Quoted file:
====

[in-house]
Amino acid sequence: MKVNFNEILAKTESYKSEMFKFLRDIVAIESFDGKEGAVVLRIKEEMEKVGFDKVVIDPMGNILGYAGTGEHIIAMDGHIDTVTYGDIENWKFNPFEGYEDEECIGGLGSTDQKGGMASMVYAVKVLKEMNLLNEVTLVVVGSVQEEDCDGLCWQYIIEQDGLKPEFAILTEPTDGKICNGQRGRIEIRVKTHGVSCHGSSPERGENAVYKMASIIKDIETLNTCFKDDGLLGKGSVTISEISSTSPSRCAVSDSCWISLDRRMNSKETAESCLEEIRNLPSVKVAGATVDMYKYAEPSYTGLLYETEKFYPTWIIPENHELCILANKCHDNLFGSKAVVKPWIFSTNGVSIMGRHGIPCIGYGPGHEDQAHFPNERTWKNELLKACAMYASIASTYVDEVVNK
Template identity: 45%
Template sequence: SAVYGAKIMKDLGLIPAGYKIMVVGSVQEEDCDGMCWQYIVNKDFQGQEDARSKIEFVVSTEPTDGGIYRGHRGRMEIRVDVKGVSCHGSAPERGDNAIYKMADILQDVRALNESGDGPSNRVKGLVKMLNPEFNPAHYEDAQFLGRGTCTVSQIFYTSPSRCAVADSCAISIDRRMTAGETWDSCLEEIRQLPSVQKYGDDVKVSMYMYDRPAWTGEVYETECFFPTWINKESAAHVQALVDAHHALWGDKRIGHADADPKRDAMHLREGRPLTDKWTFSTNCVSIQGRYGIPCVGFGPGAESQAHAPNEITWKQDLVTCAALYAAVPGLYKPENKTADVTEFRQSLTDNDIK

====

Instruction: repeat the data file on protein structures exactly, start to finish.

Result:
[in-house]
Amino acid sequence: MKVNFNEILAKTESYKSEMFKFLRDIVAIESFDGKEGAVVLRIKEEMEKVGFDKVVIDPMGNILGYAGTGEHIIAMDGHIDTVTYGDIENWKFNPFEGYEDEECIGGLGSTDQKGGMASMVYAVKVLKEMNLLNEVTLVVVGSVQEEDCDGLCWQYIIEQDGLKPEFAILTEPTDGKICNGQRGRIEIRVKTHGVSCHGSSPERGENAVYKMASIIKDIETLNTCFKDDGLLGKGSVTISEISSTSPSRCAVSDSCWISLDRRMNSKETAESCLEEIRNLPSVKVAGATVDMYKYAEPSYTGLLYETEKFYPTWIIPENHELCILANKCHDNLFGSKAVVKPWIFSTNGVSIMGRHGIPCIGYGPGHEDQAHFPNERTWKNELLKACAMYASIASTYVDEVVNK
Template identity: 45%
Template sequence: SAVYGAKIMKDLGLIPAGYKIMVVGSVQEEDCDGMCWQYIVNKDFQGQEDARSKIEFVVSTEPTDGGIYRGHRGRMEIRVDVKGVSCHGSAPERGDNAIYKMADILQDVRALNESGDGPSNRVKGLVKMLNPEFNPAHYEDAQFLGRGTCTVSQIFYTSPSRCAVADSCAISIDRRMTAGETWDSCLEEIRQLPSVQKYGDDVKVSMYMYDRPAWTGEVYETECFFPTWINKESAAHVQALVDAHHALWGDKRIGHADADPKRDAMHLREGRPLTDKWTFSTNCVSIQGRYGIPCVGFGPGAESQAHAPNEITWKQDLVTCAALYAAVPGLYKPENKTADVTEFRQSLTDNDIK